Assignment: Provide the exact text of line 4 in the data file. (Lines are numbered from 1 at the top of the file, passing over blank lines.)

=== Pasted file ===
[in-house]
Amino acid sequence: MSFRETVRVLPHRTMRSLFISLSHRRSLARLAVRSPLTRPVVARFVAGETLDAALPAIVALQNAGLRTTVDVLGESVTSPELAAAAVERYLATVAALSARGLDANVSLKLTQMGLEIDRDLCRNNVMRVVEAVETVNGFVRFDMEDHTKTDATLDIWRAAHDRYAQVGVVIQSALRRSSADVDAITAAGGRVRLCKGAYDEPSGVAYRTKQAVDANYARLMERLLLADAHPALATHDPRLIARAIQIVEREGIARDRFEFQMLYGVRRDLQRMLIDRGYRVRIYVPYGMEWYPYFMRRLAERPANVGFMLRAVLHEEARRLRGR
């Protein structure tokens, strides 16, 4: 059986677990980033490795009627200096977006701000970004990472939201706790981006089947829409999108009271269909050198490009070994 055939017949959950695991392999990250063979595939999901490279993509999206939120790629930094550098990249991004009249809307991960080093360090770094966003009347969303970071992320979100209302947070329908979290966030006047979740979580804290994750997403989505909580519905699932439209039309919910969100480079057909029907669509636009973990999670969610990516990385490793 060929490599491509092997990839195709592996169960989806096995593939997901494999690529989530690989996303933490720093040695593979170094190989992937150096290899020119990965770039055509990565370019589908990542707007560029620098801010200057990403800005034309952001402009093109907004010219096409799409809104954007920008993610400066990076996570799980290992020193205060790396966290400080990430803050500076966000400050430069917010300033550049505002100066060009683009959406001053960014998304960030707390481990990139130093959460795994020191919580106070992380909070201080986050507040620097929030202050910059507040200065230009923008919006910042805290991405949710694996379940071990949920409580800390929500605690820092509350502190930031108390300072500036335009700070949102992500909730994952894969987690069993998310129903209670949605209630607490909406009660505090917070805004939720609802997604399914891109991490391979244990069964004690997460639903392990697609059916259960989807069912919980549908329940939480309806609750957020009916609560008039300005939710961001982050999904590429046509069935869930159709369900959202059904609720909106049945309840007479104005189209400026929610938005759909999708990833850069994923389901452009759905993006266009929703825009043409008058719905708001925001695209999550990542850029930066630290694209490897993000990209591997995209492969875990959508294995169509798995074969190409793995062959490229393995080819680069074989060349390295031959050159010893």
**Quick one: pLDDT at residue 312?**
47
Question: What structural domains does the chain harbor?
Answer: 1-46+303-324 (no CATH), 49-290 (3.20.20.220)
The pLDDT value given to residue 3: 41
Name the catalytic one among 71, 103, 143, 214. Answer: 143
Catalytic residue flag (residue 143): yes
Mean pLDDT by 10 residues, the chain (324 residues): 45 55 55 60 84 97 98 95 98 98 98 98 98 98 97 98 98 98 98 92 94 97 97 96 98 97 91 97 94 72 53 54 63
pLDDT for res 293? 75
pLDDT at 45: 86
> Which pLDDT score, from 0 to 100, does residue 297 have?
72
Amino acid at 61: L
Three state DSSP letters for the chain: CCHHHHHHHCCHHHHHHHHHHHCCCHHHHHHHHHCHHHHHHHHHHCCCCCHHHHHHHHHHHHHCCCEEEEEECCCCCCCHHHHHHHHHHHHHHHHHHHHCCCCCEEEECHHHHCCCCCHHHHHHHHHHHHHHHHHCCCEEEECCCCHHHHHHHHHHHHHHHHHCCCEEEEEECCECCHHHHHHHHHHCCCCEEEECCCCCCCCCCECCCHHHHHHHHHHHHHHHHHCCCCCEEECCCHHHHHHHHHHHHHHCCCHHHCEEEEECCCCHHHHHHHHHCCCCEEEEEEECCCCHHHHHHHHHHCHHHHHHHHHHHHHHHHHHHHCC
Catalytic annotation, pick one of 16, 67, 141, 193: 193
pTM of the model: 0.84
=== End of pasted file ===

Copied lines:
**Quick one: pLDDT at residue 312?**